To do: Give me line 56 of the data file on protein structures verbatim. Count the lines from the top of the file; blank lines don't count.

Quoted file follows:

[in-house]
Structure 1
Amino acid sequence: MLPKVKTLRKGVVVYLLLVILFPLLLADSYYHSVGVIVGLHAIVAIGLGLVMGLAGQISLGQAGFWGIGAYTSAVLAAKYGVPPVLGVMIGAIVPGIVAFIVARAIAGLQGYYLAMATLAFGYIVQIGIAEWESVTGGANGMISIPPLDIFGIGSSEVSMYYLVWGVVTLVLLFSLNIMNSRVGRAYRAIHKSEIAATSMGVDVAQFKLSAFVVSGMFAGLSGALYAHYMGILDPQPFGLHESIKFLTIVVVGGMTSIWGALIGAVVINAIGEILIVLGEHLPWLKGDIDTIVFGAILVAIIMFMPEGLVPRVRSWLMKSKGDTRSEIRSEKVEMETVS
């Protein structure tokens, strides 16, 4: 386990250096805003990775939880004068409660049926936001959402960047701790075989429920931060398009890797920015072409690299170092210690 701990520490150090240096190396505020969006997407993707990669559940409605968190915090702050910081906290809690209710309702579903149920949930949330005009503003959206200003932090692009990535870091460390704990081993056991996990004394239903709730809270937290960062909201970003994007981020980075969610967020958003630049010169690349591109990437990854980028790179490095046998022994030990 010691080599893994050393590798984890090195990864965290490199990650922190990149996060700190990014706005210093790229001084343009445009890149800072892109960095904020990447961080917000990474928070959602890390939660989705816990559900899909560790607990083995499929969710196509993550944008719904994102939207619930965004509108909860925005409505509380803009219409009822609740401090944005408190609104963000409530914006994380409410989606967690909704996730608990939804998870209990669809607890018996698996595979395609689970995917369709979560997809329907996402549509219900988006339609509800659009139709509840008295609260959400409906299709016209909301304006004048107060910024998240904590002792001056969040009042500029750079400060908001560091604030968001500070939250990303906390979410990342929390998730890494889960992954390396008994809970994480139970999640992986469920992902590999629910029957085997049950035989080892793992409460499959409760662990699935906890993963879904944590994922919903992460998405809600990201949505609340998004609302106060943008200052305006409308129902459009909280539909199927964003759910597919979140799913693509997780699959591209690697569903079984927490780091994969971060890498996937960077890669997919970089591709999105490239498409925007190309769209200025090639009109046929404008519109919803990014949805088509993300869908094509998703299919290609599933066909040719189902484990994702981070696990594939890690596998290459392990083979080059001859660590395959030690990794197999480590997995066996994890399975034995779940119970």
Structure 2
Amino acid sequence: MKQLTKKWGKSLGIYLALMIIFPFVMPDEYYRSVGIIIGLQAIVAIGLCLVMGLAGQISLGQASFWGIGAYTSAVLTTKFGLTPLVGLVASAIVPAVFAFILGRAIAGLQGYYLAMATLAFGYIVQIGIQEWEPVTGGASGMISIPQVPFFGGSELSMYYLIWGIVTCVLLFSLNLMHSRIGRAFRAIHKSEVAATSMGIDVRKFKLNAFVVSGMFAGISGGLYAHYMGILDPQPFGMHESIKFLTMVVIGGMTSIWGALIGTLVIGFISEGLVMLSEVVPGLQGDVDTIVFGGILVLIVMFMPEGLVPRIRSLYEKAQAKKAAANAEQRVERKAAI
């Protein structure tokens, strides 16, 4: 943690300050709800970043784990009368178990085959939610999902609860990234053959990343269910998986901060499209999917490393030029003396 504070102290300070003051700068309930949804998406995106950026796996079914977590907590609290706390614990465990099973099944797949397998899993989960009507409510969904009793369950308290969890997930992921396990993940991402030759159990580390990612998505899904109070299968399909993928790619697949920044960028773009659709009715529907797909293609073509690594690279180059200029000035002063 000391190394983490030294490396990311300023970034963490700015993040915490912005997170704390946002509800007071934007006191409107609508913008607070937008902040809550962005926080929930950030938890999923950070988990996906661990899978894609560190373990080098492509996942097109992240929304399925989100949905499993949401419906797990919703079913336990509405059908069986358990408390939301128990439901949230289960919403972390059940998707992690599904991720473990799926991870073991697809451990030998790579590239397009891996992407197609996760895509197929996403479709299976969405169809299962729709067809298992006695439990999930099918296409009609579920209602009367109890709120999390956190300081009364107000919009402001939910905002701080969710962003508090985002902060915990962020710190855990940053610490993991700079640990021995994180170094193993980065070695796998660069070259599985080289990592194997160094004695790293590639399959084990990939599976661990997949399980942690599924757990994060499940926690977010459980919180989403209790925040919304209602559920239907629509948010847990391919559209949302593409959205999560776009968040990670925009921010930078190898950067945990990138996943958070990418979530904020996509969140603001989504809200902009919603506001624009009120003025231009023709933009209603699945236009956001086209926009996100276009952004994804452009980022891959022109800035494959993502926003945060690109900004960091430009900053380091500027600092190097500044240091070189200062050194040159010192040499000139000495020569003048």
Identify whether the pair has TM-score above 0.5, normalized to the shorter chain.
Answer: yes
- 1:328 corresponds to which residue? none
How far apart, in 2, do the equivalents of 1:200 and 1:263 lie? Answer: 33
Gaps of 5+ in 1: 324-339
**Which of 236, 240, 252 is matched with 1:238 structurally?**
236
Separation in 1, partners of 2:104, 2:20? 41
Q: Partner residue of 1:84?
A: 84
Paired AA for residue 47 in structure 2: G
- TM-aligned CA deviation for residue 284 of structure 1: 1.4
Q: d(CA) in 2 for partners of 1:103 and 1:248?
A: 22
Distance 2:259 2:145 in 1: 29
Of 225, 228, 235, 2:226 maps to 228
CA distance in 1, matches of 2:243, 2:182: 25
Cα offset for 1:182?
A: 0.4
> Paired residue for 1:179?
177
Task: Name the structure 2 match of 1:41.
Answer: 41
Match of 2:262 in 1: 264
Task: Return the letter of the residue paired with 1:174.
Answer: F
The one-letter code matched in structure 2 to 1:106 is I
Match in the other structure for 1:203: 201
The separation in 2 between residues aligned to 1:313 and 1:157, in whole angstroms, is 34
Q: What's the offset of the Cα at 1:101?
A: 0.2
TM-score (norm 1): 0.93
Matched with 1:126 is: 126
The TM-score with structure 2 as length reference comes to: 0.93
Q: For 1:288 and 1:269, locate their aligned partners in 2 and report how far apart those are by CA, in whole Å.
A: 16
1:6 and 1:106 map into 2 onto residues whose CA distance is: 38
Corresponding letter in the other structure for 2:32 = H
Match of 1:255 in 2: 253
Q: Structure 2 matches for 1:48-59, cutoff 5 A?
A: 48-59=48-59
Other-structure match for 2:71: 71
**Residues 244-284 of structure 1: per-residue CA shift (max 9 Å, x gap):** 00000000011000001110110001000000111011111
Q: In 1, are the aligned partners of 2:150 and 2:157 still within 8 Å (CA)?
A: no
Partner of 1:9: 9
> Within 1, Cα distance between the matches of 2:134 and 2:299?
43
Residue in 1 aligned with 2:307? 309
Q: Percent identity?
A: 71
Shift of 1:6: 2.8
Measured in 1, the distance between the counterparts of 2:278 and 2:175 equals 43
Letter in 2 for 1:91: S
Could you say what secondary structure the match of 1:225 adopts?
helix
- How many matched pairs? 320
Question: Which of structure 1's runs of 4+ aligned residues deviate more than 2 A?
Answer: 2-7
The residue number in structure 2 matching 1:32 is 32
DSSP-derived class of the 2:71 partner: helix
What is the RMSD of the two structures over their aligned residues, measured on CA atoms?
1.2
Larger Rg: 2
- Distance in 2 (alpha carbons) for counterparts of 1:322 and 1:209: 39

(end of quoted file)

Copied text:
Residue in 1 aligned with 2:307? 309